Picture a land without Yule lights, wreaths, reindeer

Imagine a land without Christmas.

You wake up on Dec. 25 and there is no Christmas music on the radio or TV — not even a mention of the holiday.

You go to the shopping district and there are no Christmas trees or lights blinking above.

Better yet, the entire month has passed with nary a mention of the Christian holiday. And none of your neighbors has wreaths, blinking lights or reindeer images atop their homes.

This land has no December dilemma. Your children are not confronted with two holidays and confused over whether they should celebrate one or both.

Where is this land? Hopefully you already have guessed. It's Israel.

My visit there last month, which continued over Christmas, was a conscious reminder of what a Jewish homeland is all about, especially at this time of year.

Even the celebration of Chanukah is done Jewishly. Unlike American Jews, Israelis don't turn Chanukah into a Jewish Christmas.

Israeli kids don't compete with non-Jews for the big presents Santa is supposed to deliver. Israeli families don't feel the need to put Chanukah decorations all over their homes as if to compete with Christian families.

The brachot are said and the chanukiot are lit each night. Most children receive some small gifts. But the country doesn't shut down like America does, almost holding its breath and waiting for the jolly fellow to arrive. There are no days off from work in December. Chanukah comes and goes, making its religious statement without bringing life to a virtual standstill.

For a brief few weeks while I was in the Holy Land, I forgot what it was like back home. I forgot about the deluge of Christmas music and talk on television and radio. I forgot about the reminders of how many shopping days were left.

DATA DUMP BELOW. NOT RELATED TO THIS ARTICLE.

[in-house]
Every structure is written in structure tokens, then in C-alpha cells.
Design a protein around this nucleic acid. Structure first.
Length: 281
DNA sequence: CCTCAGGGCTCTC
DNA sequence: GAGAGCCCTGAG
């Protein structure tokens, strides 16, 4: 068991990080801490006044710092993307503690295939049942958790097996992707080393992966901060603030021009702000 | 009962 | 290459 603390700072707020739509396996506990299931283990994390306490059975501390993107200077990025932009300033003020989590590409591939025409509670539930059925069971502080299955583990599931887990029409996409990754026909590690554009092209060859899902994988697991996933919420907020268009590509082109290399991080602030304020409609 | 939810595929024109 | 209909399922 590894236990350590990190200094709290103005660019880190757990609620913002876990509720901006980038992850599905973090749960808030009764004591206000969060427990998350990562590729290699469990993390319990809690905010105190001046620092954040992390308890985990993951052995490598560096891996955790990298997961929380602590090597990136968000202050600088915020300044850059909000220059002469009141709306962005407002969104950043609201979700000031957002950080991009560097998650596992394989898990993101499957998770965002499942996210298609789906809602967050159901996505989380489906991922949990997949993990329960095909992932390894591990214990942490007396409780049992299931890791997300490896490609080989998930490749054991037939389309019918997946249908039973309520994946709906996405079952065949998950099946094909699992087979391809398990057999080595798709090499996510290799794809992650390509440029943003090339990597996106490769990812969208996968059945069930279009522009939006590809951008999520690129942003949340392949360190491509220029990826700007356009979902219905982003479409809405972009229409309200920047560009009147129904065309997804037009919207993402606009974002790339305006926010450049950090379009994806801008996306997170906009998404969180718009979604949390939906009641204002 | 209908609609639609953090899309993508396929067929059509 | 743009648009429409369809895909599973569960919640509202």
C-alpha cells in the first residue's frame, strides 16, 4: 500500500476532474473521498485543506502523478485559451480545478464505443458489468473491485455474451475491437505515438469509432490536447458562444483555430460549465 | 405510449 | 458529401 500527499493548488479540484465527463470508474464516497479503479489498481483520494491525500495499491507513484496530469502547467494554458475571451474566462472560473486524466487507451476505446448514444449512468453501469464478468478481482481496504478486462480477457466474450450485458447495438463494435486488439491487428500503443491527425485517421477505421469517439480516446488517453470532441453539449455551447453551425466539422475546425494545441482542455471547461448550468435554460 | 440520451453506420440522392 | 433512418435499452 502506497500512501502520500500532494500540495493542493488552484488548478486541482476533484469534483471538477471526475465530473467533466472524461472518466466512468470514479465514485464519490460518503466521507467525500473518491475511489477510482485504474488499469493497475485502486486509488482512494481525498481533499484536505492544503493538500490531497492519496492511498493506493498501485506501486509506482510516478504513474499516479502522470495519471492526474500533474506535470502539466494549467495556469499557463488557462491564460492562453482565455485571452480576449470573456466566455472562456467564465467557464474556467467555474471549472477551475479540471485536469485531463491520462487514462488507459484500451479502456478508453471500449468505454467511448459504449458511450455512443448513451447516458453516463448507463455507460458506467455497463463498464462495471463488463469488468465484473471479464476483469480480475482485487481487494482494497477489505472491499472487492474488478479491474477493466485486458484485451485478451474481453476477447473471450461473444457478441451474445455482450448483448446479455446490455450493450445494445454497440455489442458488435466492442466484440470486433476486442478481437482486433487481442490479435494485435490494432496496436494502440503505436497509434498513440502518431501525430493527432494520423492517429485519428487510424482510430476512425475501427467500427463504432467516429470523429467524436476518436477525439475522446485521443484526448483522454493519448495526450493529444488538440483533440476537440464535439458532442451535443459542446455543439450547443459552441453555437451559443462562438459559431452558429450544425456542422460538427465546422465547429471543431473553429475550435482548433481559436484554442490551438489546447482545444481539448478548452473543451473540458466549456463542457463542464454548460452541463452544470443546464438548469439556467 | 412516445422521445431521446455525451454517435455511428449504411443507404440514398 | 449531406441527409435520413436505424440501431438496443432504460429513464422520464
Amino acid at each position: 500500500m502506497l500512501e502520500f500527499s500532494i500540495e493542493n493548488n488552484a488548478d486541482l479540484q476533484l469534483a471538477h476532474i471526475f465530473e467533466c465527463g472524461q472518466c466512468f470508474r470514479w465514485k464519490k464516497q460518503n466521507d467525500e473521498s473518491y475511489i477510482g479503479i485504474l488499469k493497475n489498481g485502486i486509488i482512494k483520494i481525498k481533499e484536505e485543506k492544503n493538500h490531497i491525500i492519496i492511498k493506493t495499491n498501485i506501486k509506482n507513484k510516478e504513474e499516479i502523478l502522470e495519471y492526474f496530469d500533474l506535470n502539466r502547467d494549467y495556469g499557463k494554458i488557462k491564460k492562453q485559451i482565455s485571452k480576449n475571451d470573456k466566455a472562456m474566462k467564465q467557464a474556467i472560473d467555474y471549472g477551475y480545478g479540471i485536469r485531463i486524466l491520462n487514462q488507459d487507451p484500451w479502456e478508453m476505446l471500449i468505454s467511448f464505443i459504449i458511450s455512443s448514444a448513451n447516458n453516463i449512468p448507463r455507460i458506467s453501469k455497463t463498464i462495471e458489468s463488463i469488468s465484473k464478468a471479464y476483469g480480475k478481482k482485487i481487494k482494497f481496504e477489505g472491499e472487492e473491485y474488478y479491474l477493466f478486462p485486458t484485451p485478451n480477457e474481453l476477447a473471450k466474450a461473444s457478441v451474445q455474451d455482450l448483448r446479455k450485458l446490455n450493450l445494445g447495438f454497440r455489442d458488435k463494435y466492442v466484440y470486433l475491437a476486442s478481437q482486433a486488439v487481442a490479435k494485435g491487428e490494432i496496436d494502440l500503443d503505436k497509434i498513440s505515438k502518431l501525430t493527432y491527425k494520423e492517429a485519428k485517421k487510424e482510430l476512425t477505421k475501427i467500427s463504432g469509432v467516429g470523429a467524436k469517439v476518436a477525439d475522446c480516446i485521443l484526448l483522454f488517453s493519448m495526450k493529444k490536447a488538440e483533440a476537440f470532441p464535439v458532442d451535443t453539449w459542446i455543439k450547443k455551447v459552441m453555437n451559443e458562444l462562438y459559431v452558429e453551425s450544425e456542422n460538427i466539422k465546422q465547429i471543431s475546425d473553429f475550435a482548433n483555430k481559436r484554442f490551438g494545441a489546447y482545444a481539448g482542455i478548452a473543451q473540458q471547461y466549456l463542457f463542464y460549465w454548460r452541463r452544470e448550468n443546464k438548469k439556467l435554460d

I was spared the life of Christian America.

If only our Jewish children could experience this as well. If Jews lived with other Jews, there wouldn't be "Chanukah bushes" in Jewish homes. There wouldn't be lights strung over the garages of Jewish families.

And maybe, even more importantly, there wouldn't be intermarriage.

But let's be realistic. Few American Jews — myself included — are ready to make the commitment of moving to Israel and making aliyah.

At the same time, we could all help promote our families' Jewish commitment by going to Israel and seeing firsthand what it's like to live among other Jews.

It's understandable why so many Israeli Jews don't consider themselves religious. They don't have to go to synagogue to live a Jewish life. Just living in Israel is enough. The history, the culture and the general lifestyle ensures that a non-observant Israeli will thrive Jewishly and go on to raise another Jewish family.

While we may not be able to immerse our families in daily Israeli life, we certainly could and should give them a taste of it.

What's wrong with American Jews that less than 20 percent have ever visited Israel? Don't they understand what they are missing? More importantly, don't they understand what they are denying their children?

How dare we question why intermarriage is skyrocketing when so many of us have never exposed our children to Israel?

Of course there is no guarantee that a short visit to Israel will prevent an intermarriage. But it sure won't hurt giving it a try.

Year in and year out we talk to teenagers who visit Israel and come home feeling their lives have been changed. Maybe we need to send them a second and third time to keep that change alive and to continue reminding them of what a Jewish life is all about.

A Jewish parent who hasn't sent a child to Israel should truly feel embarrassed. It isn't a question of money. Federations, the Koret Foundation and the S.F.-based Bureau of Jewish Education are all there to help a family that is truly in need.

There is no excuse for not putting your teenager on a plane to live a real Jewish life if only for a few weeks.

As American Jews, we prayed, we fought and we contributed hard-earned dollars all to make a Jewish homeland a reality 50 years ago.

We have done much to help Israel grow. Now, a half century later, it's time to let Israel help us, our families, and most importantly, our children, grow.

Make sure that you and especially your kids visit Israel in its 50th year. A couple of weeks away from Christian America may be just what you all need.